But long story short, they both are not really something enlightening as you were always (or mostly) using them, so don’t expect to have your Eureka! moment after reading this but hopefully expect to understand and explain them when you need to.
Disclaimer: all below are meant to be a theory standpoint and not a technical view about how to can take advantages of scope and closure (or their risk) as we can have a separate article for that
Scope is basically my where-to find variables or functions (yes that simple) and it will state where my
var a = 10; exists and is available for usage. Scopes are created either by function or block scope.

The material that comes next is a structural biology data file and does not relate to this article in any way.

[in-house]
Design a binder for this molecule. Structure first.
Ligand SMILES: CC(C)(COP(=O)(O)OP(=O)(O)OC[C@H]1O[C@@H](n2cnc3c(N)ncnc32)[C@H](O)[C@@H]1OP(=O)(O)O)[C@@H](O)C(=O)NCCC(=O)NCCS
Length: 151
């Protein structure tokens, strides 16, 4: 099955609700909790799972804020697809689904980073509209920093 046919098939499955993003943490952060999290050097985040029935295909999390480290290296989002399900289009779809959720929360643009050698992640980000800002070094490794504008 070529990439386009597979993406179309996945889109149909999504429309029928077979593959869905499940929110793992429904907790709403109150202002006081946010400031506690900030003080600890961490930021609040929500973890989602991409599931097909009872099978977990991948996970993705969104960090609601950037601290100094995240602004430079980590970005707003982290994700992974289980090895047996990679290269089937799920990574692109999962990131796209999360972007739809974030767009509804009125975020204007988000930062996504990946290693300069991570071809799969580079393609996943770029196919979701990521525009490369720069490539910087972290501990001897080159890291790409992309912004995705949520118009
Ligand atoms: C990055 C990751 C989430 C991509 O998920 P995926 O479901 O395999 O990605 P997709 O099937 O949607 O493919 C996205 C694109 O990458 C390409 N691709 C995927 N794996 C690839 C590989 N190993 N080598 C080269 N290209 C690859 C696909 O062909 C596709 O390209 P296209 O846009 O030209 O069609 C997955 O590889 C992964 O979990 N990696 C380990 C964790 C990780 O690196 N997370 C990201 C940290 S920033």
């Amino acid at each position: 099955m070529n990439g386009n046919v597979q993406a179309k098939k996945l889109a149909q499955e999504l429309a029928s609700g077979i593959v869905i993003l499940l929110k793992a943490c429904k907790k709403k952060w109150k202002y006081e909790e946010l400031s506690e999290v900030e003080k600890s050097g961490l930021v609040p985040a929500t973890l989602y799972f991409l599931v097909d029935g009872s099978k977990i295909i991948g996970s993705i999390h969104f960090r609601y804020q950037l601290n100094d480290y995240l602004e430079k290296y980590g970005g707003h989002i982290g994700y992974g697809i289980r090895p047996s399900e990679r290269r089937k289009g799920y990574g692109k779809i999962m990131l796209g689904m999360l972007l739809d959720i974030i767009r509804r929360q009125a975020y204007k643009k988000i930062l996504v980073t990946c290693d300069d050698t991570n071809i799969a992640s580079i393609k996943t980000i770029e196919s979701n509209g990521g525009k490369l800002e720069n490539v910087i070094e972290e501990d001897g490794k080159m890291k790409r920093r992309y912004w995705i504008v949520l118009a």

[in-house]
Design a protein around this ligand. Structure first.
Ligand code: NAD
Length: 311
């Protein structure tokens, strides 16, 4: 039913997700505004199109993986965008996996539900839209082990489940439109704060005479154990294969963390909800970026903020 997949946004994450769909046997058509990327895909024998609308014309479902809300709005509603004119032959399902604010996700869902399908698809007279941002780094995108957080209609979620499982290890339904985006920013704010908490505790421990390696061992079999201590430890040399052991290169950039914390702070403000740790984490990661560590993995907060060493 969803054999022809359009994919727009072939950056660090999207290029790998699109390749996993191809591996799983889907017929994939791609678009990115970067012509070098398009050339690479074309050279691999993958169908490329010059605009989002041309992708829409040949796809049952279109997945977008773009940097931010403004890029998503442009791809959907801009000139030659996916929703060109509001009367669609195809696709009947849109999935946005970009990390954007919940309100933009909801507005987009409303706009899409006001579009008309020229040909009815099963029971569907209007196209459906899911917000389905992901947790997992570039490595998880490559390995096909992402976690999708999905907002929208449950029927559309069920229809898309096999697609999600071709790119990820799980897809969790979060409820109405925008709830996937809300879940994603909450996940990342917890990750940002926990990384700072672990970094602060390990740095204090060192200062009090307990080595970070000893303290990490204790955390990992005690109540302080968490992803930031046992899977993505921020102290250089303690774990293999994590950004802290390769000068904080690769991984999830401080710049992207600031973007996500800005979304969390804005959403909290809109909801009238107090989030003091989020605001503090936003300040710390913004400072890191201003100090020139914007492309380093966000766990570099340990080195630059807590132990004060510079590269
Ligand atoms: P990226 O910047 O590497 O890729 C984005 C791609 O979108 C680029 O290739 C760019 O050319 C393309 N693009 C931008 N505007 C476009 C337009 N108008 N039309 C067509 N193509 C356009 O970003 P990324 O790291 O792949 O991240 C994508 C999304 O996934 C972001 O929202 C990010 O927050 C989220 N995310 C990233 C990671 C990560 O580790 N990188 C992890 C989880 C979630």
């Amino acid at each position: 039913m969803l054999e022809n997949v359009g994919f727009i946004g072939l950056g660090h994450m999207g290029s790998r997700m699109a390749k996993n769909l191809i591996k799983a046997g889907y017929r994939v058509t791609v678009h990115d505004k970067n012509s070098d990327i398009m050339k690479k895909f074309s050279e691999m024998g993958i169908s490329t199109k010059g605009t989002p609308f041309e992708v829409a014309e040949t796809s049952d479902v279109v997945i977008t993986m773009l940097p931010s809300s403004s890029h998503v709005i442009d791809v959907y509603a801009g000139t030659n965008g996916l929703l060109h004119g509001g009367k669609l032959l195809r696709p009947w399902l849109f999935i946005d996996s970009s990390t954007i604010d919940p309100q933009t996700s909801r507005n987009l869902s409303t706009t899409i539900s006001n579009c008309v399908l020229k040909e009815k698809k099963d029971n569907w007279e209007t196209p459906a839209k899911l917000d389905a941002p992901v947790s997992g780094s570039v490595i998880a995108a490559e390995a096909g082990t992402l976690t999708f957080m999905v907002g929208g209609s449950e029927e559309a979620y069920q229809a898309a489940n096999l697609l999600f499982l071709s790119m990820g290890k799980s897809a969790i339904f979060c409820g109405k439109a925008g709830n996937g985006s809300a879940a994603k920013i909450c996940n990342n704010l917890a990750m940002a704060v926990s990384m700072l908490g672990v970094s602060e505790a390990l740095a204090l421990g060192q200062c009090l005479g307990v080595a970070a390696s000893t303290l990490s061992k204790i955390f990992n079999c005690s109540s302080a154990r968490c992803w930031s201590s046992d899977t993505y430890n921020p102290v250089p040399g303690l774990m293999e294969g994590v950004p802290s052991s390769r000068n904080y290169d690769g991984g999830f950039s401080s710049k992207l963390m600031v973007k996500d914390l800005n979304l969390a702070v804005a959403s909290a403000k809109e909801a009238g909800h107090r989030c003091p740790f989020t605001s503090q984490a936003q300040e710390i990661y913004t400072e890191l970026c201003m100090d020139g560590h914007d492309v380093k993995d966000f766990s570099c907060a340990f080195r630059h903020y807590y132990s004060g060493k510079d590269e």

A function declaration will create a new scope where variables & functions can be declared. For a function
test() I create a basket where variables will reside. If a
var x = 10; is executed within
function test() then x is available for the
Note that if not in ‘strict mode’ we were to declare a variable like
x = 10;within the scope of
test()then this will bubble until the global scope and get allocated and assigned there due to the missing
varkeyword. If on ‘strict mode’ then this will throw and exception
Block scope is basically a wrapper for execution lines enclosed by
var declarations are not affected by block scope as they behave as function scope, whereas
function respects block scope.
Due to this, sometimes closures can create memory leaks if not taken care or cleaning timeouts and intervals.
Scope is my ‘where to get things’ on my current execution context and we have two types of scope: function and block.
The example below shows the creation of a
MakeCounter utility that encloses the
count variable for each instance created by